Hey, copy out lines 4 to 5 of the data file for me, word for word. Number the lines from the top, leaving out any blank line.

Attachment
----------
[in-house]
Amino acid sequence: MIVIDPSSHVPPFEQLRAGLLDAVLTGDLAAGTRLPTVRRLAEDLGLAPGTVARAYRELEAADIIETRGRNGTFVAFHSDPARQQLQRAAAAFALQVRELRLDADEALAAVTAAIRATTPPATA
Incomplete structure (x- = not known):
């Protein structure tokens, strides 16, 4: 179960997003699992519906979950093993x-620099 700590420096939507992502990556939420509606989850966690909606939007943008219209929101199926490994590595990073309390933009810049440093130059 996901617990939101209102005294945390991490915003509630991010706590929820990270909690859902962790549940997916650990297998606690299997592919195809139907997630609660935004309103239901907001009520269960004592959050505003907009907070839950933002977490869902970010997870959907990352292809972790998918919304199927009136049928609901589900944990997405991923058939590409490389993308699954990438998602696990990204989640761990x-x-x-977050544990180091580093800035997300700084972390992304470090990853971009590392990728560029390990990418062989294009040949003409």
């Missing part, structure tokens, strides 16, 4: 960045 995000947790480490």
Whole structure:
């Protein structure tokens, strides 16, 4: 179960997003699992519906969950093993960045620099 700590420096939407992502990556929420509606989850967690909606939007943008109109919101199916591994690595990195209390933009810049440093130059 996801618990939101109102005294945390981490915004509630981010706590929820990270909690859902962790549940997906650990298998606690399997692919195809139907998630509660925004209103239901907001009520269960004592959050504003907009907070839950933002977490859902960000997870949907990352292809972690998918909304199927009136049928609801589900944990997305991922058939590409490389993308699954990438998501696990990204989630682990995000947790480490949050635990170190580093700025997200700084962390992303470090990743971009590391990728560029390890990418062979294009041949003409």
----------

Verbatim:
């Protein structure tokens, strides 16, 4: 179960997003699992519906979950093993x-620099 700590420096939507992502990556939420509606989850966690909606939007943008219209929101199926490994590595990073309390933009810049440093130059 996901617990939101209102005294945390991490915003509630991010706590929820990270909690859902962790549940997916650990297998606690299997592919195809139907997630609660935004309103239901907001009520269960004592959050505003907009907070839950933002977490869902970010997870959907990352292809972790998918919304199927009136049928609901589900944990997405991923058939590409490389993308699954990438998602696990990204989640761990x-x-x-977050544990180091580093800035997300700084972390992304470090990853971009590392990728560029390990990418062989294009040949003409």
């Missing part, structure tokens, strides 16, 4: 960045 995000947790480490």